Google Maps pushes the envelope

New service is a showcase of DHTML and XML techniques

The instant Google Maps appeared, a lot of us knew right away that we’d never use MapQuest again. Google’s mapping and direction-finding service is a stunning improvement.

The maps are gorgeously readable, and they fill as much of the screen (or the printed page) as you give them. Scrolling the map works in the most natural way, by dragging the image. The mapping service dovetails with local.google.com, which finds businesses by city or ZIP code. In direction-finding mode, each step along the route offers a link that, when clicked, pops up an enlarged view of the intersection.

What rich and smart client technologies enable this magic? DHTML, JavaScript, CSS, XML, and XSLT.

As is the tradition when Google launches a new service, curious hackers immediately took Google Maps apart to see how the magic was done. The best early analysis came from Joel Webber, who worked out the details of image tiling, dynamic updating, and route plotting (infoworld.com/2533). Among other interesting discoveries, he found that the application uses the browser’s built-in XSLT engine to transform packets of XML received from the server into search results, displayed as HTML.

This explains why Google Maps supports only Internet Explorer or Mozilla-based browsers. The others, notably Safari and Opera, lack built-in XSLT processors.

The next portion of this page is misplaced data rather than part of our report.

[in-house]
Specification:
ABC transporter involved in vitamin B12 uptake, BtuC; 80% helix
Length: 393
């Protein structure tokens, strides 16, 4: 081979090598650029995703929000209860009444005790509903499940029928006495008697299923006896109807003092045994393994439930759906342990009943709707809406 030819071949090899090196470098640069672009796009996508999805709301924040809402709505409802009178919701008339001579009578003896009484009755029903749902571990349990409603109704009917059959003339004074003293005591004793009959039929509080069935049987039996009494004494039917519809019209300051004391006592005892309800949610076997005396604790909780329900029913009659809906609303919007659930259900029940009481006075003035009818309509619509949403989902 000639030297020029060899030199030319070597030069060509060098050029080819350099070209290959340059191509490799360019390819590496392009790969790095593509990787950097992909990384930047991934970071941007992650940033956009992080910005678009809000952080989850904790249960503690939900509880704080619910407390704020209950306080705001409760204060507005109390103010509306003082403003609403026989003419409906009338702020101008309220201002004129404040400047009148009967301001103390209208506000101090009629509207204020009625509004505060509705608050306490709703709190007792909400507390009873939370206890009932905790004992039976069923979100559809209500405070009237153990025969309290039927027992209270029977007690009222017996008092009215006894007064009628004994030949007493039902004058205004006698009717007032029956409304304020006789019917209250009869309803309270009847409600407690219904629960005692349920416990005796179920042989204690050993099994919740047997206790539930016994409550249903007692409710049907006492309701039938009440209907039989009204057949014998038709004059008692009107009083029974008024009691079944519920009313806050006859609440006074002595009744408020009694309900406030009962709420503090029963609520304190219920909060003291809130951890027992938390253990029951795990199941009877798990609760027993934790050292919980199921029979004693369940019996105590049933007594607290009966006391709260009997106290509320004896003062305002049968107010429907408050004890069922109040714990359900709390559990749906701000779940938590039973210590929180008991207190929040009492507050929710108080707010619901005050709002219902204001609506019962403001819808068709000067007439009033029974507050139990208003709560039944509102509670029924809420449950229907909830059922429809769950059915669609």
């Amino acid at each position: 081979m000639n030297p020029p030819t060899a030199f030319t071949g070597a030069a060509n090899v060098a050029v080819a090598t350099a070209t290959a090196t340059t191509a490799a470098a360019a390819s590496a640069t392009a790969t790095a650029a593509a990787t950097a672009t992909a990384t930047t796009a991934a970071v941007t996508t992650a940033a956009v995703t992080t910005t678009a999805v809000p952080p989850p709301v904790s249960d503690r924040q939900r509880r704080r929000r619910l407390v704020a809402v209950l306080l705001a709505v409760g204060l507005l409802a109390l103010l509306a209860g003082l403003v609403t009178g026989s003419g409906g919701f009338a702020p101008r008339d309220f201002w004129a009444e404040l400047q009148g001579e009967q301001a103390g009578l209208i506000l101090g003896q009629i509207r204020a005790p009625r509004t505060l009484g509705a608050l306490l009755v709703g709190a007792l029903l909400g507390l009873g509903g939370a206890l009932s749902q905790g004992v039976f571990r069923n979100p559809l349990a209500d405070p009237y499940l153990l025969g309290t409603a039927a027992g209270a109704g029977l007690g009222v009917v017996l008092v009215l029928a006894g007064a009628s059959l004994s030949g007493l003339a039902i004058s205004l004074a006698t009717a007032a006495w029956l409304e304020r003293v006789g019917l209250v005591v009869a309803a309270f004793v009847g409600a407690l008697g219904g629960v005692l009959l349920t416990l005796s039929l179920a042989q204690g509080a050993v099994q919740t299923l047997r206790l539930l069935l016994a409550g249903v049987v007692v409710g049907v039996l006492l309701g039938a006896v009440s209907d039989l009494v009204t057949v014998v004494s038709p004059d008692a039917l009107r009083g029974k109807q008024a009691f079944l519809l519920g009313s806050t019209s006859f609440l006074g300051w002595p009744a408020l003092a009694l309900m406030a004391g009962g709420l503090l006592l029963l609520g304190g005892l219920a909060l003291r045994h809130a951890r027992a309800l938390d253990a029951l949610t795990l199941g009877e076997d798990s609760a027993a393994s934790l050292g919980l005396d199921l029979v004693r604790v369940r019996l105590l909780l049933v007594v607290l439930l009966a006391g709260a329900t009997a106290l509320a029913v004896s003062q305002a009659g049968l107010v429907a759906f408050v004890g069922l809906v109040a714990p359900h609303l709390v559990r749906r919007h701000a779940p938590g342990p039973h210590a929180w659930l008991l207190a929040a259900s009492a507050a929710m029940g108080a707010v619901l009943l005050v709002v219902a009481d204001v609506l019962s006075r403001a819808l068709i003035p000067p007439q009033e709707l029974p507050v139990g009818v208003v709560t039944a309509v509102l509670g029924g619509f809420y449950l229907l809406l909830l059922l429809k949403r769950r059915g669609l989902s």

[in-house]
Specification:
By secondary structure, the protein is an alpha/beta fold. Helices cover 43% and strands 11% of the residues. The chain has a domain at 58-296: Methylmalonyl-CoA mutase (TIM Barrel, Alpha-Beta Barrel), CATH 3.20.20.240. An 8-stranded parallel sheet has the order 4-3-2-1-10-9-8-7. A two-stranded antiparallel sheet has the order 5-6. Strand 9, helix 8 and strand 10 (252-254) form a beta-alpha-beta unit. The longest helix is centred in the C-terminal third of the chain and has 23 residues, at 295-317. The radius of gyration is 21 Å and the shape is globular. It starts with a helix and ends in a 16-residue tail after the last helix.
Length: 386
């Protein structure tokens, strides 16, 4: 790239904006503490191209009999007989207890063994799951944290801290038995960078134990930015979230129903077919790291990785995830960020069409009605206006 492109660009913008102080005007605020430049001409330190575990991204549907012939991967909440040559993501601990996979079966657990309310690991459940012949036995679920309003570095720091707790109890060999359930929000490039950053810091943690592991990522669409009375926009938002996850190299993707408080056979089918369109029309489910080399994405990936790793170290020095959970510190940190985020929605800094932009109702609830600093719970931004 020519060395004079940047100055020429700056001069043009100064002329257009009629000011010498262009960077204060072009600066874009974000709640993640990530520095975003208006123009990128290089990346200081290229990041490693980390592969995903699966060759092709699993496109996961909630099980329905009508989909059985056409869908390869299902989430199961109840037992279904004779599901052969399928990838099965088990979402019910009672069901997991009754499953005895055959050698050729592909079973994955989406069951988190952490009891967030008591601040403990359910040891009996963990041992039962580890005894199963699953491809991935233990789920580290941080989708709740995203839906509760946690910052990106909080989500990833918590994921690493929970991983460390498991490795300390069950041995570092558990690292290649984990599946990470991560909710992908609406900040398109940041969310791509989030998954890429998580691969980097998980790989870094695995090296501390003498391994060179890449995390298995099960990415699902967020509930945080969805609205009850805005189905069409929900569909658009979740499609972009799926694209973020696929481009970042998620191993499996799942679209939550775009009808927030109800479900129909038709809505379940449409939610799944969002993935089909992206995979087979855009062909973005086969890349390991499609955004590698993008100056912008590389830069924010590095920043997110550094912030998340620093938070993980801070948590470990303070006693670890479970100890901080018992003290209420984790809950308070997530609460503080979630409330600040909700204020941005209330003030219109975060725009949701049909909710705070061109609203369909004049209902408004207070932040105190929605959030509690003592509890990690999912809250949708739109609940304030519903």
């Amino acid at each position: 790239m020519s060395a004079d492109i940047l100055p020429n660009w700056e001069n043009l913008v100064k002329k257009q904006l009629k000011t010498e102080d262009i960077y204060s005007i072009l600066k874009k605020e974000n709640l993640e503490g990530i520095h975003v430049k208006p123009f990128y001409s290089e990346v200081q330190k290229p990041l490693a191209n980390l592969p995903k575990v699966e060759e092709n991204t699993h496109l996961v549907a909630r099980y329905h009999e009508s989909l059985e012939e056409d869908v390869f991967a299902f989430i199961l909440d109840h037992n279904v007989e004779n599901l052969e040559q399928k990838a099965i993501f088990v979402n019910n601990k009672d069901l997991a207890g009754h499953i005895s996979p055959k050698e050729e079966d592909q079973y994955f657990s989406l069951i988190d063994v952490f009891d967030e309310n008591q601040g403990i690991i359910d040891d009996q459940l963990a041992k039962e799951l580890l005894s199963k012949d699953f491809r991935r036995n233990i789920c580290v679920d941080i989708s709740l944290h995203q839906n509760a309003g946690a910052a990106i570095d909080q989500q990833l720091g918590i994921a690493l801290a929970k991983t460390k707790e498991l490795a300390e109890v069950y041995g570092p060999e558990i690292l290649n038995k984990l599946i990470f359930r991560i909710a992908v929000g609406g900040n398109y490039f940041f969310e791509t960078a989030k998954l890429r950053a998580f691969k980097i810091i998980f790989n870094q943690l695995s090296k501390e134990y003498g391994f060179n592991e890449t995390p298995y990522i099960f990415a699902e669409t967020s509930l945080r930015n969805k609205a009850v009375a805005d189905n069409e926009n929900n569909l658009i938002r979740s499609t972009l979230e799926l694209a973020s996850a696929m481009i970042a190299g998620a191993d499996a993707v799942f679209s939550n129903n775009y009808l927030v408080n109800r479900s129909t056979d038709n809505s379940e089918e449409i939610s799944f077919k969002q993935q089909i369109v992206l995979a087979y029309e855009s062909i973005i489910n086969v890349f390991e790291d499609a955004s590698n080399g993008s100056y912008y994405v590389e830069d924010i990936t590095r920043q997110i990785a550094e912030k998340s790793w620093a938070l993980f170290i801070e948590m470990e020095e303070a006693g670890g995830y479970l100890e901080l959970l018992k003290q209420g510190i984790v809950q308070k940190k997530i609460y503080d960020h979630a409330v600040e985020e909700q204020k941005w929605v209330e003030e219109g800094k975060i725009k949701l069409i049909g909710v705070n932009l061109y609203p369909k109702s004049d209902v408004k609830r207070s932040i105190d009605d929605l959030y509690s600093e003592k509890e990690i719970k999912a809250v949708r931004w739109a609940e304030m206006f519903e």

Commenting on Webber’s post, one reader noted that no W3C standard defines this capability. As is the related XMLHttpRequest object, which enables the browser to programmatically fetch XML from the server and parse it, the built-in XSLT processor was a Microsoft innovation that was later copied by Mozilla. Safari and Opera do support XMLHttpRequest, by the way, which is why they can run Google Suggest, the experimental version of Google’s search that dynamically expands partially typed queries into lists of choices.

The W3C can bless this approach or not, but with Google Suggest and now Google Maps, Google has thrown down the gauntlet. The modern browser is an XML-aware client. Savvy Web developers have known about these features for a while, but now Google has legitimized them and pushed them squarely into the mainstream. My guess is that we’ll see an explosion of pent-up creativity as more Web developers discover, and begin to exploit, the full power available to them.

But wait, there’s more. If you append the term “output=xml” to any Google Maps URL, the server will send back an XML packet. APIs? We don’t need no stinking APIs. In 20 minutes I was able to build a proof-of-concept app -- made from snippets of HTML, JavaScript, and XSLT -- that accepts city names or ZIP codes and displays information about local businesses. (Unfortunately, the XML feature has since been disabled.)

I didn’t need to publish any new services to do that. Because the app uses the W3C’s hosted XSLT transformer in tandem with Google Maps, I was able to “deploy” it in any browser simply by posting an HTML/JavaScript snippet to my Weblog.

Google Maps’ killer integration hook is the latitude/longitude data woven into its queries and responses, which can tie into any geo-aware app. We don’t yet know how Google plans to control or monetize this capability, but it shows what can happen when all the pieces of Web technology come together in the right way.

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